How to Mount an External Hard Drive on Mac

Depending on what is preventing your external hard drive from being mounted on your Mac, there are different methods we can try to fix it.

Method 1: Change macOS Drive Display Settings

macOS allows its users to hide or display external devices in the Finder sidebar and on the desktop. If Disk Utility shows that your drive is actually mounted, this may be the culprit. Here’s how to access these settings:

Step 1. Open Finder. On the Apple menu bar, click Finder > Preferences.
Preferences button in the Finder menu

Step 2. In the “General” tab, tick the box beside “External disks.”
General tab in the Finder Preferences window

Step 3. In the “Sidebar” tab under the “Locations” section, tick the box beside “External disks.”
Sidebar tab in the Finder Preferences window

Method 2: Reconnect Your Drive

Maybe the connection just didn’t bite. Try reconnecting your drive… And while you’re at it, try different ports and cables too.

Method 3: Restart Your Mac

If you have a lot of apps running as you connect your drive, macOS might have run out of the resources needed to mount and read it. macOS could also have gotten stuck while refreshing itself in the middle of mounting your drive.

Restart your Mac to “unstuck” it, and avoid opening too many apps while you use your hard drive.

Method 4: Force Mount Your Drive With Disk Utility

Through Disk Utility, you can manually force mount an external hard drive on your Mac. Launch Disk Utility (Finder > Applications > Utilities), select your drive or drive volume, and click “Mount.”

Mount button in Disk Utility

Method 5: Use Disk Utility’s First Aid Tool

The First Aid tool is also a Disk Utility function. It can find and automatically repair disk errors depending on the severity. Launch Disk Utility (Finder > Applications > Utilities), select your drive, and click “First Aid.”

First Aid button in the Disk Utility window

Method 6: Reformat Your Drive

In most cases, reformatting your drive can be the most effective solution for resolving software-based mounting issues. This process wipes everything on your drive, including its file system settings, viruses, and any corruption that prevents the drive from communicating with your computer.

We’ll show you how to format your drive using Disk Utility on your Mac.

Since this process nukes your data, we suggest creating an image backup of your drive so data recovery software can extract its files later without copying its viruses or corruption. Disk Drill (the app featured in the recovery section) has a built-in feature that accomplishes this called Byte-to-byte backup.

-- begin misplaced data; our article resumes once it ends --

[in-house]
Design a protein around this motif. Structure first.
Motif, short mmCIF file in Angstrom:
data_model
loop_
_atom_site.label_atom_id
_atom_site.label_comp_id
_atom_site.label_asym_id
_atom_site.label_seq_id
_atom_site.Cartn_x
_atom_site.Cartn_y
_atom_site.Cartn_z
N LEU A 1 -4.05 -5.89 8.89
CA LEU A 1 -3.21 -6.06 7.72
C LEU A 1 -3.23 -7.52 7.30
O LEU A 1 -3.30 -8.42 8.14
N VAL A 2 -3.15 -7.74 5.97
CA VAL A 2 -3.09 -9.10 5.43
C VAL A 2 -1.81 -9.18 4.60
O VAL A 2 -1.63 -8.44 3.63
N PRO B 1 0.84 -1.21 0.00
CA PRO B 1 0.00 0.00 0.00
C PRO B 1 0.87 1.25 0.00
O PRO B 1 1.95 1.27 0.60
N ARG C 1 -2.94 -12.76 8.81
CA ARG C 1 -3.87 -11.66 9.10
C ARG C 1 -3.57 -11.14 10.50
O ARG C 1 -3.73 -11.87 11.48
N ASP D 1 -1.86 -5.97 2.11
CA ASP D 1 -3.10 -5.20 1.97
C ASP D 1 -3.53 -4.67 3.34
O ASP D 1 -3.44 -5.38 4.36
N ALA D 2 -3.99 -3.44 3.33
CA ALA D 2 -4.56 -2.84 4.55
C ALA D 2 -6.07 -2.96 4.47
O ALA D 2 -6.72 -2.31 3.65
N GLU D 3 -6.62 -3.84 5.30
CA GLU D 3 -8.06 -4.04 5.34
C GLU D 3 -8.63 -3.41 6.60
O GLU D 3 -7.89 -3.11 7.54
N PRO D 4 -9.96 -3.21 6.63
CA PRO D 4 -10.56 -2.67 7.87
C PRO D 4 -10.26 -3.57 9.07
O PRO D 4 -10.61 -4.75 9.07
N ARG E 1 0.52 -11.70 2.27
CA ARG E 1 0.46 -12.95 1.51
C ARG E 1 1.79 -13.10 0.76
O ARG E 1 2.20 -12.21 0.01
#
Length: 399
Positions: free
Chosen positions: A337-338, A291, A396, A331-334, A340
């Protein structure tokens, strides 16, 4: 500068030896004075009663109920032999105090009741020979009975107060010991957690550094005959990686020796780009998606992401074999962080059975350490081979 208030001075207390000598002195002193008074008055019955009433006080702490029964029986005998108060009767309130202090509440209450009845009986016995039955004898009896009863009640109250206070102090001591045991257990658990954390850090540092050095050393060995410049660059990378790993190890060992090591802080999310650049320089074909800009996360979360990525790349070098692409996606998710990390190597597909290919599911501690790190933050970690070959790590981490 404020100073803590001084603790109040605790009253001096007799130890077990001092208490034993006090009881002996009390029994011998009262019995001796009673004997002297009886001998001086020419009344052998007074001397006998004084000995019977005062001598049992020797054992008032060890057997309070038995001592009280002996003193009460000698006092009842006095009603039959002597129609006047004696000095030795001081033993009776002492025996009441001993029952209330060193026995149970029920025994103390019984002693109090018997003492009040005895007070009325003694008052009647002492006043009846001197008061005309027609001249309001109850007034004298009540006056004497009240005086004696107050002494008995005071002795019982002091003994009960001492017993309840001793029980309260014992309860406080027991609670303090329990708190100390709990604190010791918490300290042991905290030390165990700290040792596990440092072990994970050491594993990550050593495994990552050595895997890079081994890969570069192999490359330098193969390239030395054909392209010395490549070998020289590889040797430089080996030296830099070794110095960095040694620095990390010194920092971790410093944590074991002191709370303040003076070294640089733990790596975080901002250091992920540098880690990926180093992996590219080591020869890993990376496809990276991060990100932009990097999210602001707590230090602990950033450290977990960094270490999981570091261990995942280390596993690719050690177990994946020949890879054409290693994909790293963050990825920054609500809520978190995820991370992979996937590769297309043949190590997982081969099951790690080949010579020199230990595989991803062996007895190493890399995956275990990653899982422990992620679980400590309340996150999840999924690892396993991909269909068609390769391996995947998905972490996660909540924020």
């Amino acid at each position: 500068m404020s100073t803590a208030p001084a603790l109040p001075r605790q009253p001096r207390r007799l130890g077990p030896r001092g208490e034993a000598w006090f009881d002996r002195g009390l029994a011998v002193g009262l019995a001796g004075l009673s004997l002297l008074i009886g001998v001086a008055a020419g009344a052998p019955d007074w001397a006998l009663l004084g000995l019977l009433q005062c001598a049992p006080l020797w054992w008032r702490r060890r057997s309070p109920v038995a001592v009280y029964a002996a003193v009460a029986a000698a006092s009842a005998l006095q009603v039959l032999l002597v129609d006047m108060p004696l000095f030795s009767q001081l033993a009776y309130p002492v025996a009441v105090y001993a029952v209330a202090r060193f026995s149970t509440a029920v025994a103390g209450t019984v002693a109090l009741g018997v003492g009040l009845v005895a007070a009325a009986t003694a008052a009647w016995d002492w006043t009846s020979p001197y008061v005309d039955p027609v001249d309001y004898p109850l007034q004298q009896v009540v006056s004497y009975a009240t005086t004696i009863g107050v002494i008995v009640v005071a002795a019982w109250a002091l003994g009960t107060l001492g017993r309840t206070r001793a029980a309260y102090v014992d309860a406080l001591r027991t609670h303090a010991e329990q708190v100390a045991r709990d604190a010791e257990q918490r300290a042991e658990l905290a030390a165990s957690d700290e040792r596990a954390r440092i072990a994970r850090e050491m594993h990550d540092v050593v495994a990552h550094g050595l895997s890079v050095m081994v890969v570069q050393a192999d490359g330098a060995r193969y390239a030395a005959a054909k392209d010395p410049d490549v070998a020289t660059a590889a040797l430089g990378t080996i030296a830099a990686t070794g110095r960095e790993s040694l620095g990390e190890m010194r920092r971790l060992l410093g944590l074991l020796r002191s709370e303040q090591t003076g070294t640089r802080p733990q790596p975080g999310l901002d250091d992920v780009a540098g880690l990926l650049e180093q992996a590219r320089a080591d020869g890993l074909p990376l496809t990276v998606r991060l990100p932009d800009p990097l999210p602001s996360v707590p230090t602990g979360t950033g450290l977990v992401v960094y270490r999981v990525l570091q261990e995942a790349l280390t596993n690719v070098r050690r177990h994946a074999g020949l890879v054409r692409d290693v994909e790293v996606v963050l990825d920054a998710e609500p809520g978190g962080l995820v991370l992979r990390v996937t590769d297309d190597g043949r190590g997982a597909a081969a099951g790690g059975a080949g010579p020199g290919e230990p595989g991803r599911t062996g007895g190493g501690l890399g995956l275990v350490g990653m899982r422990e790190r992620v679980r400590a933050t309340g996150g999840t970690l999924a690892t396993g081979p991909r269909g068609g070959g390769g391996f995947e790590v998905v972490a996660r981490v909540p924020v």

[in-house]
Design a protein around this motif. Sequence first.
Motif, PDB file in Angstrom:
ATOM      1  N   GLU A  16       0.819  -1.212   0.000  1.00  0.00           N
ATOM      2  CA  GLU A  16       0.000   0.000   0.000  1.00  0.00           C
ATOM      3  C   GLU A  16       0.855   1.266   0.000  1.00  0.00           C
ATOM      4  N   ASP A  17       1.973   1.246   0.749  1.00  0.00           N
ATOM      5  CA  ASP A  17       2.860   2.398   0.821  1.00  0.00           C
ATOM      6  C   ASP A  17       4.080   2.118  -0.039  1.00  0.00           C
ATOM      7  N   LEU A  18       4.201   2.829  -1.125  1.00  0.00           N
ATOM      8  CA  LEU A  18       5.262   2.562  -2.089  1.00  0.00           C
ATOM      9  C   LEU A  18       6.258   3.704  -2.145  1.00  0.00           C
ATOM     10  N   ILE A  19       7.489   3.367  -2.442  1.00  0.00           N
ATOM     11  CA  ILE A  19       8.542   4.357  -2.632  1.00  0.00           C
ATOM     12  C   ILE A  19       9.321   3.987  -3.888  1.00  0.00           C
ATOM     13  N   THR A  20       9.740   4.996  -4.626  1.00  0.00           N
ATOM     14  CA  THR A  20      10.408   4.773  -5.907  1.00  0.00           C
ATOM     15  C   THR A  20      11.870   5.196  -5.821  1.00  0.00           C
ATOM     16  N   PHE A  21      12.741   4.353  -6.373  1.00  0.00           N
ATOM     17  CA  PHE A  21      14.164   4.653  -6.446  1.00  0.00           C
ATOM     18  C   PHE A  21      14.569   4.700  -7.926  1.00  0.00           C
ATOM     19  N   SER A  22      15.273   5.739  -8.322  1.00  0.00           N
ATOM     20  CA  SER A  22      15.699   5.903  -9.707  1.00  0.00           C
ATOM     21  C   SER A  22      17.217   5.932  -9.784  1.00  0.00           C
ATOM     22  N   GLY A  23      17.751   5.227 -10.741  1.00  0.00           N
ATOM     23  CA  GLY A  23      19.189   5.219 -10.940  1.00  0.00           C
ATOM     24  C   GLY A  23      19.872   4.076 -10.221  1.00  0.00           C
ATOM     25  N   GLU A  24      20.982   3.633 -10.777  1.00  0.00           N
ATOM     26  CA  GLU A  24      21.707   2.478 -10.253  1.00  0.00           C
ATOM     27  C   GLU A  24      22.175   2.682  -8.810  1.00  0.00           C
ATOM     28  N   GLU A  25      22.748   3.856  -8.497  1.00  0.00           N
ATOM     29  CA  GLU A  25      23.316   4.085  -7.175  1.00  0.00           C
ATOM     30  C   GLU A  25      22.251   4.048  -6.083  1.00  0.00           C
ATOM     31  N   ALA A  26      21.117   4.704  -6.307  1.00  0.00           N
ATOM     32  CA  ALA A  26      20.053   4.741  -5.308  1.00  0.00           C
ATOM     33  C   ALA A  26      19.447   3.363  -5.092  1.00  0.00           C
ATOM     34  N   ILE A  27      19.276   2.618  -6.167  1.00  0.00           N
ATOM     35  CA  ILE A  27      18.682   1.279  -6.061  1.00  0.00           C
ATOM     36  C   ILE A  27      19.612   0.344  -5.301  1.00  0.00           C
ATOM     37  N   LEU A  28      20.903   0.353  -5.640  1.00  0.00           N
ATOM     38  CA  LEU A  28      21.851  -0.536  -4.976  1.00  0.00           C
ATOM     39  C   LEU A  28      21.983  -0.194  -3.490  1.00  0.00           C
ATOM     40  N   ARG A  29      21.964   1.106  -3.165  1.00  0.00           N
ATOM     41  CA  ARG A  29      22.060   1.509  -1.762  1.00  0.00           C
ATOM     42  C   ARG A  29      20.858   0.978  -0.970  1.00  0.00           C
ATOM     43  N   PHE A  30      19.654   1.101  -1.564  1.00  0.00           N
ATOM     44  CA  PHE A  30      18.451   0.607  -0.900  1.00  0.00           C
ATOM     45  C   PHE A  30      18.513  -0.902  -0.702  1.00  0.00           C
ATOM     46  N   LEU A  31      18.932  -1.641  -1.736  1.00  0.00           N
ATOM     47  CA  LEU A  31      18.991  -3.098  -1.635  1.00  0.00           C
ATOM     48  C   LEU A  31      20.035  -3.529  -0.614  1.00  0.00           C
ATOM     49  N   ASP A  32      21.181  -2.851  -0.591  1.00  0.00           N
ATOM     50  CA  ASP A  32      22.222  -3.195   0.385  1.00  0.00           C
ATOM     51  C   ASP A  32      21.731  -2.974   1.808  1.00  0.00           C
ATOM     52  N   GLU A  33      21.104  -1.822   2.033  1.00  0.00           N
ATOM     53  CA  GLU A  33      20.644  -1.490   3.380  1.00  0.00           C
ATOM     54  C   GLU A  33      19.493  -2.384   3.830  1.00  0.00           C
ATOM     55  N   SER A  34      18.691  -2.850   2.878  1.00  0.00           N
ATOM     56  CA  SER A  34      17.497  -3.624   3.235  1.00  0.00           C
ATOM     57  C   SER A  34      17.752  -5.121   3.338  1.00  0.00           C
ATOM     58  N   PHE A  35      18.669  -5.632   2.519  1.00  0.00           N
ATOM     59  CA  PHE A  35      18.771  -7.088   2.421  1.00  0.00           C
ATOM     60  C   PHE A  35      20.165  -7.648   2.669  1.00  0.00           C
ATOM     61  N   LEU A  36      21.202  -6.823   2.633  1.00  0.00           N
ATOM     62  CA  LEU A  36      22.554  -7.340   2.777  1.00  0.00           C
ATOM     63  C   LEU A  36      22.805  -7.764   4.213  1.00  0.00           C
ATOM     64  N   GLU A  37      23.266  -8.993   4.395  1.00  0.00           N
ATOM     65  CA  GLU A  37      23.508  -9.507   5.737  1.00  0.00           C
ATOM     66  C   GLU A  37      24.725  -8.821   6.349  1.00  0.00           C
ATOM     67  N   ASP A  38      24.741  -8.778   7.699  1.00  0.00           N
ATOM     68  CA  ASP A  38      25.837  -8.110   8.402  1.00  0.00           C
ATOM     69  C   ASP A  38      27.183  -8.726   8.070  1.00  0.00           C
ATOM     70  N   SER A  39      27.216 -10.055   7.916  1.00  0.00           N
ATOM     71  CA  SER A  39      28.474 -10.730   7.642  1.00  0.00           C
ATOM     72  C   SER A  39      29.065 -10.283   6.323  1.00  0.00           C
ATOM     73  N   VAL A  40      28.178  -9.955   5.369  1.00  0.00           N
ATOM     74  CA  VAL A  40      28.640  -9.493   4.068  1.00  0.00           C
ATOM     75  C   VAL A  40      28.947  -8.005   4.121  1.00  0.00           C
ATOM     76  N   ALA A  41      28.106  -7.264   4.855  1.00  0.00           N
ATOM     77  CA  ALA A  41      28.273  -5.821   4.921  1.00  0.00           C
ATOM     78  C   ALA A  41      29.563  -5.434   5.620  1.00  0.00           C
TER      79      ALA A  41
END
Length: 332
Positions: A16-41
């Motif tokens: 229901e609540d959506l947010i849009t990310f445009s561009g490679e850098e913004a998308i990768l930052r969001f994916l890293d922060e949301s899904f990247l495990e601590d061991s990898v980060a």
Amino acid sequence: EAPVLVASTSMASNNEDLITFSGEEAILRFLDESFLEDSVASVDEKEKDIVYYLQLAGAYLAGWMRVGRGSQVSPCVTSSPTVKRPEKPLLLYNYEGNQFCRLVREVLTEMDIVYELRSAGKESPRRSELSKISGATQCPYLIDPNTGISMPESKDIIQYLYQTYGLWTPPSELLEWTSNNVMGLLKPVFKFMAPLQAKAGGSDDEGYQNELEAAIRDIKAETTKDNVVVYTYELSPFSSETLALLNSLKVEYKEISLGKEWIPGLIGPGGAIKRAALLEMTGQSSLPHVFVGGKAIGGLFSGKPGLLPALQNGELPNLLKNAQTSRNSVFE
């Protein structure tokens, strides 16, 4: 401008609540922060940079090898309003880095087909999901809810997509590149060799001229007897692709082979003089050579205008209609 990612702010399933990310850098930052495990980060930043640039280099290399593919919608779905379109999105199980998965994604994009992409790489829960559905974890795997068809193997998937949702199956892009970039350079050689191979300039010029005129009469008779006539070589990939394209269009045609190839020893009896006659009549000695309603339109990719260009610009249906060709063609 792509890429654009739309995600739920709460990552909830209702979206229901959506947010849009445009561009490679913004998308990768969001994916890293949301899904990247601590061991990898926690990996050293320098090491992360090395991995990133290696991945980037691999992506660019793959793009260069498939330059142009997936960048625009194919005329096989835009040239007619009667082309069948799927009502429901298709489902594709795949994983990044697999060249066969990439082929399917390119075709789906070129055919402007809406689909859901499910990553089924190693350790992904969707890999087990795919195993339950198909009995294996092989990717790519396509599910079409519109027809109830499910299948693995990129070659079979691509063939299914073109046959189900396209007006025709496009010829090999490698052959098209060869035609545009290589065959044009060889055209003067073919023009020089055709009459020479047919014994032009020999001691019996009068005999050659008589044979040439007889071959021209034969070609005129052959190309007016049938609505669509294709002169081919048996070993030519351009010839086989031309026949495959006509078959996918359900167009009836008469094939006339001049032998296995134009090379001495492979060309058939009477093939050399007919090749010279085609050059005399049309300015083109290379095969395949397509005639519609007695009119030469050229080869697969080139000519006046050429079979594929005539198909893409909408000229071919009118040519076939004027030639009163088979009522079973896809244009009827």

Disk Drill byte-to-byte backup screen

  1. Connect your hard drive to your Mac and launch Disk Utility.
  2. Select your drive from the left sidebar and click Erase.
  3. Select New Name, Format and other options for your Drive
  4. Disk Utility erase dialogueClick Erase when prompted to confirm the action.

If your drive doesn’t show up in Disk Utility, it’s possibly using a file system format that macOS doesn’t recognize. For reference, supported formats are ExFAT, FAT32, HFS+, and APFS. In this case, reformatting is still the answer – but you need to do it on a computer that recognizes its existing file system.


All storage devices are prone to software malfunctions that prevent mounting. Fortunately, they’re often easy to solve on their own and you can use backups or data recovery software to retrieve your data. However, successfully fixing your drive depends on solving the root cause – so inspect your settings for any changes before using drastic methods like reformatting.

On the other hand, external hard drives are extra prone to mechanical and physical issues due to their moving parts. Make sure to carefully inspect your device before attempting recovery as these cases are better left to professionals.


If your LaCie drive is not mounting on your Mac, try these fixes:

  • Reconnect your drive.
  • Restart your Mac.
  • Force Mount your drive using Disk Utility’s Mount tool.
  • Repair your drive using Disk Utility’s First Aid tool.
  • Reformat your drive.

Warning: Reformatting your drive will wipe the data on it. We suggest cloning your drive and using that clone as the target for data recovery tools. Disk Drill has both backup and recovery functions built in, so we recommend using it for this task.

When you connect your hard drive to your Mac, macOS establishes a connection with the drive and makes it available for access. This process is called “mounting” a disk. To “unmount” a disk means to kill the connection and remove access. The terms “mount” and “unmount” were first used to describe this process back when computers were more analog.
Yes, a hard drive needs to be mounted in order to be properly recognized by your computer.
Alejandro Santos
Chief Writer
Alejandro is Macgasm’s Chief Writer and Apple ecosystem enthusiast. He pens the majority of troubleshooting guides and software reviews for this website, tapping into his love for technology and extensive background in technical writing. He started his career by helping… Full Bio